I haven’t actually read Grandin’s autobiography, so those who know more about her than is found in her Wikipedia entry are invited to correct me. I would also be interested in seeing what Grandin herself had to say about the final product. Some other aspects of the HBO film that struck me as more movielike than real were the science teacher from the boarding school, the blind roommate, her first resorting to the squeeze-machine in response to the onset of a panic attack (pictures of her in it show her smiling, though perhaps that was a later use or after it had calmed her down) and the door-motif.

A perhaps not too original aside from the final chapter of Wilson & Herrnstein’s “Crime and Human Nature”: “We grant that sympathy extended to a dog or horse may be reciprocated with affection and service, but few would claim that sympathy given a cat elicits much more than mere tolerance”. However, I do recall once viewing an anti-drug commercial whose narrator stated “My cat loves me. Unconditionally”.

A lot of people (particularly libertarians or Europhiles) find it ridiculous that the legal drinking age in the U.S is 21. Some speak nostalgically of the days when places like Wisconsin let teens drink, before the feds threatened to withhold highway funding. In their discussion of alcohol in “Crime and Human Nature”, Wilson & Herrnstein notes that highway fatalities dropped after those states raised their limits. I remember having to get a new driver’s license with a red-stripe that showed I was of drinking age (I think this was a recent change, as I had been able to buy with my old license after turning 21 for a while). It now occurs to me that we could give teens an offer: either they can drink or they can drive. If you live in a city and don’t need a car, who cares if you drink? We shouldn’t have to treat them the same as teens that place a higher priority on driving. And if we can expect cashiers to distinguish such stripes, surely traffic cops can be relied on to detect a signifier for driving eligibility.

This title was inspired by a famous P. J. O’Rourke quote.

Those who place a lot of emphasis on genetics in explaining behavior, including differences between societies, have trouble with large changes in a society over a short period of time. “The Sixties” is such a period of time. Wilson & Herrnstein give it their best shot in their History and Culture chapter in “Crime and Human Nature”. They suggest that an increasing proportion of infants with low birth weight survive into adolescence, adding that one-fourth of low birth-weight babies have a major handicap like low IQ. The number of babies with physical and mental defects did in fact increase markedly, which may also be the result of prenatal use of alcohol/tobacco/drugs or exposure to more environmental toxins (the lead-caused-crime theory). Additionally, they note that the ratio of aggravated assaults to homicides increased from about nine to one in 1935 to over twenty-eight to one in 1980, as society has become better at saving the lives of such injured persons. Since the victim in such assaults is often violent and may be as much to blame as his (and it usually is a him) assailant, this serves to increase the life expectancy of violent persons.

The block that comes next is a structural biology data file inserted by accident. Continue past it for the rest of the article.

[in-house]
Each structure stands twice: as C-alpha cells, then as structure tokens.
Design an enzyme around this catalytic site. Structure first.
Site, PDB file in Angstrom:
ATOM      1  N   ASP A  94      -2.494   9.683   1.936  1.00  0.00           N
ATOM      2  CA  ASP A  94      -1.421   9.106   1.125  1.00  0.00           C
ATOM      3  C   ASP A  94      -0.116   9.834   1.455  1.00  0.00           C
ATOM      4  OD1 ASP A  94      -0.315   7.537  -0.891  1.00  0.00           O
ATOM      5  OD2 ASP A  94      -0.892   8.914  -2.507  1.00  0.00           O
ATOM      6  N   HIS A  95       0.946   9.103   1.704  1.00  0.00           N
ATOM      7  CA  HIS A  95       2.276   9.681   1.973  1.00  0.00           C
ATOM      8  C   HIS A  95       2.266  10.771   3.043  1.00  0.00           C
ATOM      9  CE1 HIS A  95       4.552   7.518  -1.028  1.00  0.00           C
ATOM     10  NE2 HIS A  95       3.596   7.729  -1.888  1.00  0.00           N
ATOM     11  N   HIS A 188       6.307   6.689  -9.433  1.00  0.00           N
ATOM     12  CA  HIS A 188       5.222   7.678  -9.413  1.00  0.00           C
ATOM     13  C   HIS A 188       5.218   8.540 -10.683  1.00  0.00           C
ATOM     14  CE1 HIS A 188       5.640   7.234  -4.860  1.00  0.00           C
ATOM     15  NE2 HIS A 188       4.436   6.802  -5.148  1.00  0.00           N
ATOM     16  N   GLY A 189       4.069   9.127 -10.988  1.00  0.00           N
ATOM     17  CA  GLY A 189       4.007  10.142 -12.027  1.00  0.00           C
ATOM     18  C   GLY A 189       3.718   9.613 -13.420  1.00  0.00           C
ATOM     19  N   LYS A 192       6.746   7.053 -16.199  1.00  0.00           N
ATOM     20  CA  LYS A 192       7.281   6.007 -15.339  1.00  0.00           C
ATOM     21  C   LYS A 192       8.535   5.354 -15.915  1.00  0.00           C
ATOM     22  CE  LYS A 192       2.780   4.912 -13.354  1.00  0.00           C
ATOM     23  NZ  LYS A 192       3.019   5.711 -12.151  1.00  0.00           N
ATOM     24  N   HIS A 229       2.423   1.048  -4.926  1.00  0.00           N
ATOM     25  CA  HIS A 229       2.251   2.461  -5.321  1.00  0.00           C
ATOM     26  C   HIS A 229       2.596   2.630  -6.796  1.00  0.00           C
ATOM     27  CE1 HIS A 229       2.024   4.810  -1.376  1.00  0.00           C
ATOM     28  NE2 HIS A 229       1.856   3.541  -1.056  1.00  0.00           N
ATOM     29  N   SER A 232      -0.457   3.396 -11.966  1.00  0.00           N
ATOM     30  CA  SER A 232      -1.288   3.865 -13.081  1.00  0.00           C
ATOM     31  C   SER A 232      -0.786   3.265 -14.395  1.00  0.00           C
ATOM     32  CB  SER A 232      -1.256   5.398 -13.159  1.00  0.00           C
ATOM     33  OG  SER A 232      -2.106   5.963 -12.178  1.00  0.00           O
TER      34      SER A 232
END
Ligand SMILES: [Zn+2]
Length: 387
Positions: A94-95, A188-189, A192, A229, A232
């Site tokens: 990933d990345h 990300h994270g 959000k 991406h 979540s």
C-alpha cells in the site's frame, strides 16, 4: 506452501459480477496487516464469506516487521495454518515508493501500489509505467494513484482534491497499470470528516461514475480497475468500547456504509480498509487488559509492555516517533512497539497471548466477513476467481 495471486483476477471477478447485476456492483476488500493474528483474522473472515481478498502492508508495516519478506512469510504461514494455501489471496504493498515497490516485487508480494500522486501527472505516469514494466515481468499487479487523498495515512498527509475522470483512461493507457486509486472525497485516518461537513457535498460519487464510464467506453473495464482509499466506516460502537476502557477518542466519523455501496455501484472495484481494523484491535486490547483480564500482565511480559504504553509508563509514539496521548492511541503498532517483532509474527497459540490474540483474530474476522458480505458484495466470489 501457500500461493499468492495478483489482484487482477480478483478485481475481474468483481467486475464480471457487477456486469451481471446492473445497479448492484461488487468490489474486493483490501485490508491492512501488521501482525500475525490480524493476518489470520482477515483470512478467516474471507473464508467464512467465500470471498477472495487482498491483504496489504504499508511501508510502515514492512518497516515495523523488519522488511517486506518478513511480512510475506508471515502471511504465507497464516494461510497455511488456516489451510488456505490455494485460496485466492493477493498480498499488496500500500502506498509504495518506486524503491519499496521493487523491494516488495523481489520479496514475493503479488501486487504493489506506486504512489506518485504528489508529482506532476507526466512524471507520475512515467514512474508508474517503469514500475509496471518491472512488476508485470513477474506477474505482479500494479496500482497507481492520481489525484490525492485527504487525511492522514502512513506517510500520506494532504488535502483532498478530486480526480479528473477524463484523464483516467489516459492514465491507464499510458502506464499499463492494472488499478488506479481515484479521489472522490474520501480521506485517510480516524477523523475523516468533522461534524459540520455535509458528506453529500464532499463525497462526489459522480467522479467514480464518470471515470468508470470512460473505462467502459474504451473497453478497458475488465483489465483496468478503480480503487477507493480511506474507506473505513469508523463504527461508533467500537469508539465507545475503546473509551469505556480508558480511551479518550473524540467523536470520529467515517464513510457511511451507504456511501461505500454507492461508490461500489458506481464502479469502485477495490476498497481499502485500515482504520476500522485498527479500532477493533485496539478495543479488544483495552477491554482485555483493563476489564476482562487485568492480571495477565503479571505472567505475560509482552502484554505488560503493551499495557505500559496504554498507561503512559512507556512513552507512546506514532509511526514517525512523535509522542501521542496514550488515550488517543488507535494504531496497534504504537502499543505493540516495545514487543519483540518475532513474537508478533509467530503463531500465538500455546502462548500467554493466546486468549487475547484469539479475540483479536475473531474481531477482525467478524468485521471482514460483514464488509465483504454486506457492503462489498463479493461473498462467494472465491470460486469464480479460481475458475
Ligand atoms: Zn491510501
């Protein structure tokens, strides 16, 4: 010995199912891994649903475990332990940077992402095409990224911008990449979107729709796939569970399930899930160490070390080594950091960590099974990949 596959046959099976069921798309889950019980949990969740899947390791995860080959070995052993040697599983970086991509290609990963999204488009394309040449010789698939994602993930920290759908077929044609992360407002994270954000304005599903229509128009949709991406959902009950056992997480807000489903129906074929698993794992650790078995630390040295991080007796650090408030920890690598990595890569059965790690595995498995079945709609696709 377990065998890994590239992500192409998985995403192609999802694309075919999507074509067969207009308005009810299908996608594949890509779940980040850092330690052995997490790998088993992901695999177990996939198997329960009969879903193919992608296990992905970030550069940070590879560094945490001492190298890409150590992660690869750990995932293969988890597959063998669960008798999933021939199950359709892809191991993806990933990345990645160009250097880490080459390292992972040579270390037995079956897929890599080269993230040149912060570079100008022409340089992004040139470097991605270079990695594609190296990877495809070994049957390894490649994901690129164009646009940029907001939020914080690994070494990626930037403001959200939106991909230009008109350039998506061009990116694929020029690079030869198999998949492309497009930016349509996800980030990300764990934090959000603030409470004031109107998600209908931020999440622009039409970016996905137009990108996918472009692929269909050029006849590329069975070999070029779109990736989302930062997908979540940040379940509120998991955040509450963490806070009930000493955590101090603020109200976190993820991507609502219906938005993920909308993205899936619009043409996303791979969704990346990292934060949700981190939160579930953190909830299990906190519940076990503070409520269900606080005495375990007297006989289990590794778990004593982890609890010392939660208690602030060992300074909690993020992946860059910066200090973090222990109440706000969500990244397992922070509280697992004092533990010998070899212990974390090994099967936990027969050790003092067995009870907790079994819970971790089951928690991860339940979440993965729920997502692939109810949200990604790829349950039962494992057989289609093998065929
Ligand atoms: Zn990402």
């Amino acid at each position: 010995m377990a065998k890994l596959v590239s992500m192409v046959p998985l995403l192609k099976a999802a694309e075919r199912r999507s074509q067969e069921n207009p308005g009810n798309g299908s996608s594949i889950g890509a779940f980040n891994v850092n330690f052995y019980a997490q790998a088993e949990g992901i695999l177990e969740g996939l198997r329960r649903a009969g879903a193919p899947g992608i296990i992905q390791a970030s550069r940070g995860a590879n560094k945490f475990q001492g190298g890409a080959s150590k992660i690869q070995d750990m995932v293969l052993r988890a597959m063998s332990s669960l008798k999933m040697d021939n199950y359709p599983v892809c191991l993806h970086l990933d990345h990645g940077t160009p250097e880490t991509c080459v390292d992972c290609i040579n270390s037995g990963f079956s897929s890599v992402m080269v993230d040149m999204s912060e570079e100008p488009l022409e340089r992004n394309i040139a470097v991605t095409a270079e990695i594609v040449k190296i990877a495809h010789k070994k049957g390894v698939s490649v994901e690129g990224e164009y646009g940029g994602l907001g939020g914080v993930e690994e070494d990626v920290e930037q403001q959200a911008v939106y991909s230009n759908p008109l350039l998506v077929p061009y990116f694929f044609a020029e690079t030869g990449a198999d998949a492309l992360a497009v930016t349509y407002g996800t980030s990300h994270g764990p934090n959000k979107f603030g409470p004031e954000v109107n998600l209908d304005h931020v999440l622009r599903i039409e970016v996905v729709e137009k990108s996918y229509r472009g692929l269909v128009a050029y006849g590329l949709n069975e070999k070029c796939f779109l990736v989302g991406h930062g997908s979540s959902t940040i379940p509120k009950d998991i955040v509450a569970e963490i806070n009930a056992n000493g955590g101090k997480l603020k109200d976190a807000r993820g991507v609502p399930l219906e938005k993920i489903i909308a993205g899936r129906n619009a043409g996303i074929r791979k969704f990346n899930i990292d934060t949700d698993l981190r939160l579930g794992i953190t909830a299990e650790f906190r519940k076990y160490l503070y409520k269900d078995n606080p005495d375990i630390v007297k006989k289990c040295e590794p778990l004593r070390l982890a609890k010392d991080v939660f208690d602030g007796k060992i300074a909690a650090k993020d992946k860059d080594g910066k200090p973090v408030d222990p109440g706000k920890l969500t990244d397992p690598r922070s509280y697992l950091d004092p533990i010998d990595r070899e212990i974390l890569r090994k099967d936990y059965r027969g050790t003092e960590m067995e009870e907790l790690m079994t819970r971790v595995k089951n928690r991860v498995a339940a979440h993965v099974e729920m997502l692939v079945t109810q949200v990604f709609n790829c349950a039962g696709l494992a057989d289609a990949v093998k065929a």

This is not to say that the authors put a great weight on those explanations. They regard the increasing portion of the population that is young and the urbanization of the country as the most definite factors (accounting for about 46% of the increase). And they list a bunch of other explanations without committing to them.

“The Man Who Mistook His Wife for a Hat” by Oliver Sacks contains a chapter titled “The President’s Speech”. In it he discusses aphasia, which makes people unable to understand the meaning of words even as they (sometimes misleadingly) respond to tone of voice or body language. In that sense they have been compared to dogs (which Sacks notes may be unflattering to both). He feels “one cannot lie to an aphasiac. He cannot grasp your words, and so cannot be deceived by them; but what he grasps he grasps with infallible precision”. That sounds wrong to me. When I am irritated by a dog, sometimes I like to adopt a friendly voice & face while insulting it. I have never noticed them displaying any awareness of my actual attitude, nor do others observing. Just as we have the evolved the ability to deceive others and detect deception through words, so have we done for non-verbal communication. Aphasiacs do not have some extra function unknown in humans, they just need to rely on it more. We might analogize them to the color-blind, who have been used by the military to spot camouflage since they are unfazed by certain surface similarities. This does not mean they cannot be fooled by appearances.

I learned from this podcast featuring face-blind portrait artist Chuck Close that Oliver Sacks also has prosopagnosia (though to a lesser extent). The titular opening chapter of the book is about a man who also had that condition, and throughout Sacks treats him as an exotic specimen without indicating that he himself shares any of the same symptoms. Nor does he do so elsewhere. At least up to where I’ve read.